The soviet-style brick building that we actually moved into was originally built in 1950. It served as offices for the U.S. Department of Agriculture, and later the Georgia Department of Human Resources. The government eventually abandoned the site in the early ‘90s, as the area became increasingly seedy. The building remained boarded-up and blighted until it was acquired by local developer, Jim Borders. His idea was to redevelop the property into apartments with retail spaces on the bottom floor, and open in time for the 1996 Atlanta Olympic Games. I’m sure a lot of people thought he was crazy too.

Directly behind us, Cypress Street literally had a world-wide reputation as the place to pick-up male prostitutes. The scene reminded me of the Native American legend that described a time when a warrior could walk from horizon to horizon on the backs of the buffalo without stepping on the ground. Sure, there were a lot of buffalo on the great plains, but I’m guessing there were actually more hustlers behind The Vortex. In fact, you couldn’t drive your car down the street without nudging them out of the way. If you did manage to squeeze through, these young men would openly display their sizeable packages for your inspection, day or night. They were just remarkably friendly, in a terrifying sort of way.

Directly across the street was a Citco gas station that we lovingly referred to as the “Crack-co,” because drug dealers openly sold crack in the parking lot. Catty-corner was a boarded-up Krystal, and just beyond that was the notorious Backstreet nightclub. Originally opened in 1975, this was one of a handful of Atlanta clubs that operated 24/7. They featured a long-running drag show which was immensely popular with both a gay and straight clientele. This place was actually pretty awesome. I’m not ashamed to admit that I stumbled out of its dark depths into the morning sunshine on more than one occasion. But eight years after we moved in to our new location, the forces of politics and gentrification finally caught up with Backstreet, and it too was replaced with a shiny new condo high-rise.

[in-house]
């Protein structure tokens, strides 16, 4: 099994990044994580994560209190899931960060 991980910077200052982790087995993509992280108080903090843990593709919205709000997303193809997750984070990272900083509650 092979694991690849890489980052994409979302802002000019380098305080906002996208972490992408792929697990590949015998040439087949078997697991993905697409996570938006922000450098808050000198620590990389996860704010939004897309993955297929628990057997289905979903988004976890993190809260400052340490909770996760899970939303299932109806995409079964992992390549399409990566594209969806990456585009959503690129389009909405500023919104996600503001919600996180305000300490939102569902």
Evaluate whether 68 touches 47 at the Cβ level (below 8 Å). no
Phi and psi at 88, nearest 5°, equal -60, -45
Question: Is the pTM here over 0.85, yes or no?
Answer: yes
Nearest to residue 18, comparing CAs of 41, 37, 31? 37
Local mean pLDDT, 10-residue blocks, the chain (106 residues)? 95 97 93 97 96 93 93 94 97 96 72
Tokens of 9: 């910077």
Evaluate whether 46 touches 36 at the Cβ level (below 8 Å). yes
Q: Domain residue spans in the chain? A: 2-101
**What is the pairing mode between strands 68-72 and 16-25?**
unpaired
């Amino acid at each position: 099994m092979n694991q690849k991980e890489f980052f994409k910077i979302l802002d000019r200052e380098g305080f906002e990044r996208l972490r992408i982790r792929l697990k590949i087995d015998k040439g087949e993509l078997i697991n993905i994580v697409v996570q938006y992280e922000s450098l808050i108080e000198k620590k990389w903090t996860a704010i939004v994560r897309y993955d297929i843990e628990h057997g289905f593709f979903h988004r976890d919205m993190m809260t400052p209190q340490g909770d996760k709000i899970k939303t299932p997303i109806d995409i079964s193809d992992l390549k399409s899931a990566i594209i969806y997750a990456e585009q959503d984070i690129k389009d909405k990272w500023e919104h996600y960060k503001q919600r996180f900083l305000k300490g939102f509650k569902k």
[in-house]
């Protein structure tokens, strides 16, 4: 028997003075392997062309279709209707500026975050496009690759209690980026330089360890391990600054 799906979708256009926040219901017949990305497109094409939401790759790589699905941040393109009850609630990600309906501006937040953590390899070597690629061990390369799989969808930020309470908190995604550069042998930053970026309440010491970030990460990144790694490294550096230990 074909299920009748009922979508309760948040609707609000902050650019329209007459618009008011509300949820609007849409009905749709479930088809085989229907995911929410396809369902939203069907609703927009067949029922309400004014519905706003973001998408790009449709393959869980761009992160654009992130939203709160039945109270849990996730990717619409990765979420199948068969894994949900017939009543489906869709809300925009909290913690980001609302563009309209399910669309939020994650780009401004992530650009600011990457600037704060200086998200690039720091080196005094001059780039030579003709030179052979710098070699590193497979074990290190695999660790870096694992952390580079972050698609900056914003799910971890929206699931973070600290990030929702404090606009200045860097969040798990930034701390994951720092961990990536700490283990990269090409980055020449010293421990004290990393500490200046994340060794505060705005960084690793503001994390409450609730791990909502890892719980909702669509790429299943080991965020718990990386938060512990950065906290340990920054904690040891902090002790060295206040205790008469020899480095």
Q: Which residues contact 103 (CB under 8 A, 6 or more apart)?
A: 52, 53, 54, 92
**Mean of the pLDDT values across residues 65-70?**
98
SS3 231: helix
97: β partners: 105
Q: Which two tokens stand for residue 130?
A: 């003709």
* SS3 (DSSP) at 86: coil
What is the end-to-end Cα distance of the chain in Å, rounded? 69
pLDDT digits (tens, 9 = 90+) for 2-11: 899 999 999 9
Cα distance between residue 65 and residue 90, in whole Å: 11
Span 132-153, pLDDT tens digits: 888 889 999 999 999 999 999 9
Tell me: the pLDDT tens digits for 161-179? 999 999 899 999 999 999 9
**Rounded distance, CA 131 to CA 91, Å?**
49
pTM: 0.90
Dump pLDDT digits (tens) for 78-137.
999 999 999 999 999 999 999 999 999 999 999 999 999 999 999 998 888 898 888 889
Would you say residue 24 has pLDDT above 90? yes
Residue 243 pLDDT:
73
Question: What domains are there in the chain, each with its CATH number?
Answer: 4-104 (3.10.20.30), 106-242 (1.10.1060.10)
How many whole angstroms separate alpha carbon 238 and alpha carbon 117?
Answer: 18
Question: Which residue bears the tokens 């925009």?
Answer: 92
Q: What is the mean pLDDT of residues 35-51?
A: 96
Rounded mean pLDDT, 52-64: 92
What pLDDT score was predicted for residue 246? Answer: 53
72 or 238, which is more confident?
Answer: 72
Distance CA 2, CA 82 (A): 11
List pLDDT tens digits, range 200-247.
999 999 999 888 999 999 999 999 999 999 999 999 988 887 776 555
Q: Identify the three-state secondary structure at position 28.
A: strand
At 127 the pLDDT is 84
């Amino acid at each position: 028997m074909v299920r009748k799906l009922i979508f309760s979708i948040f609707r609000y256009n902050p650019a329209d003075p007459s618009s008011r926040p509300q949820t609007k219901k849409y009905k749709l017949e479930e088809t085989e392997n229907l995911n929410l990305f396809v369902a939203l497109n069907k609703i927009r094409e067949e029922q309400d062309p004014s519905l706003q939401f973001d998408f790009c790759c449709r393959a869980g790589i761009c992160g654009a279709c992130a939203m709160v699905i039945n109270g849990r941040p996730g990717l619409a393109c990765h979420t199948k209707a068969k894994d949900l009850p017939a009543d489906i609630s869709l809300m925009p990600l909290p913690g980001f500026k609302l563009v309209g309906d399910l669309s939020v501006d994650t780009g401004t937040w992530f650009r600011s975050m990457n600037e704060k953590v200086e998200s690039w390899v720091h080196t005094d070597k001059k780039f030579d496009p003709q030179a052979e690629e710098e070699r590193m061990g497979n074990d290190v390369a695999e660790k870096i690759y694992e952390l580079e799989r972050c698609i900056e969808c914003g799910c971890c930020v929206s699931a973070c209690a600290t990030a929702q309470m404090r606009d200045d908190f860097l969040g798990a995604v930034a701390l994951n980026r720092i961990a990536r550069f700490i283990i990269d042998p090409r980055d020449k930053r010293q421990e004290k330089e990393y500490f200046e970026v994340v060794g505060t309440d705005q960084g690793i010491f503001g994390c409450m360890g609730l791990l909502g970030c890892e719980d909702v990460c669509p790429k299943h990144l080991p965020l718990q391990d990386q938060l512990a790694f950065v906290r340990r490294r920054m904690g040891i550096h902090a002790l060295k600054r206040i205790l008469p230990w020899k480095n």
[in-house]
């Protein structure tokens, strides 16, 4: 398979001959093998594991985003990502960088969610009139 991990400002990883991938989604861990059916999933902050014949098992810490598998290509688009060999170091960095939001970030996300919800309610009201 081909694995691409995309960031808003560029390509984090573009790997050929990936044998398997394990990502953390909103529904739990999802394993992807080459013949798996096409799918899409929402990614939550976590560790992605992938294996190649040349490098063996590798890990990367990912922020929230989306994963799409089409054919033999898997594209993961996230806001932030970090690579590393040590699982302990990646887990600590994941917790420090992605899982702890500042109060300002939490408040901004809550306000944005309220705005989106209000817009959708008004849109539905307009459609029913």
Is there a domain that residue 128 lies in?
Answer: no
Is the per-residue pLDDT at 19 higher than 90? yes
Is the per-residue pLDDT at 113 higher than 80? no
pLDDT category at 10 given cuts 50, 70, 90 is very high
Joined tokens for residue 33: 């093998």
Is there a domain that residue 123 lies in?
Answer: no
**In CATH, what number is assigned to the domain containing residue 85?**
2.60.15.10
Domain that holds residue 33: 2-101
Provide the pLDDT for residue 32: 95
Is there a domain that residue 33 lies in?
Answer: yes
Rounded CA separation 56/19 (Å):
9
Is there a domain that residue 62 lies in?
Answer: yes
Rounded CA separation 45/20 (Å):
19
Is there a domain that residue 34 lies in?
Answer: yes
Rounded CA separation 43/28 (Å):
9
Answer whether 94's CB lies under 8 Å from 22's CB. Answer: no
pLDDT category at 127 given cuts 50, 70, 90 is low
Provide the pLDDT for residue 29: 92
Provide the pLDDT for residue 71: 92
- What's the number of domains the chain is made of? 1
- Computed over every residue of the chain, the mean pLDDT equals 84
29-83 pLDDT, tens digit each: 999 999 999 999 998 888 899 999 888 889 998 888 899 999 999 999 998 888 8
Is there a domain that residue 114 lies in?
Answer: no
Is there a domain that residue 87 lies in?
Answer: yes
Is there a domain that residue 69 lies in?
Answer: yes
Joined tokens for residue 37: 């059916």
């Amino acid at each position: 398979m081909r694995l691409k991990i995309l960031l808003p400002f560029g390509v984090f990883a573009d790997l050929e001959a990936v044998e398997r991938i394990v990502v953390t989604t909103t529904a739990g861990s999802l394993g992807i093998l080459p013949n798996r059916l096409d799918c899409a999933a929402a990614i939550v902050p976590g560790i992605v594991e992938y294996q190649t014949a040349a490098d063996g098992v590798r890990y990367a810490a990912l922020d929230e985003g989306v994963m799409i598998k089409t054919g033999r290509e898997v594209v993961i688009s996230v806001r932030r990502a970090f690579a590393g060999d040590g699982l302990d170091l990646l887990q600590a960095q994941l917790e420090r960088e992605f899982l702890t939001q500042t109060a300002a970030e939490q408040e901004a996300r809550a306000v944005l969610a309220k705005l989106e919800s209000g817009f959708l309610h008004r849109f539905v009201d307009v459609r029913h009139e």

Sometimes the nostalgic side of me yearns for a $3 pitcher of beer at the Stein Club, the smoky dive bar that served as refuge from the trendy Buckhead bar scene of the day. Or a bowl of seafood etouffee from the little French Quarter Food Shop, served-up by Missy, the diminutive owner with the mouth of a sailor. But sadly, those spots were also demolished to make room for more redevelopment. To some it may seem that The Vortex was part of the first wave of urban-pioneers willing to invest in a questionable part of Atlanta. But in hindsight, what I have come to realize, is that The Vortex is actually one of the last remaining links to the “good ol’ days” of drinking and debauchery in this town. So if anyone wants to join me in a toast to those times, you’ll find me sitting at my bar. Come on in. Everyone is still welcome here.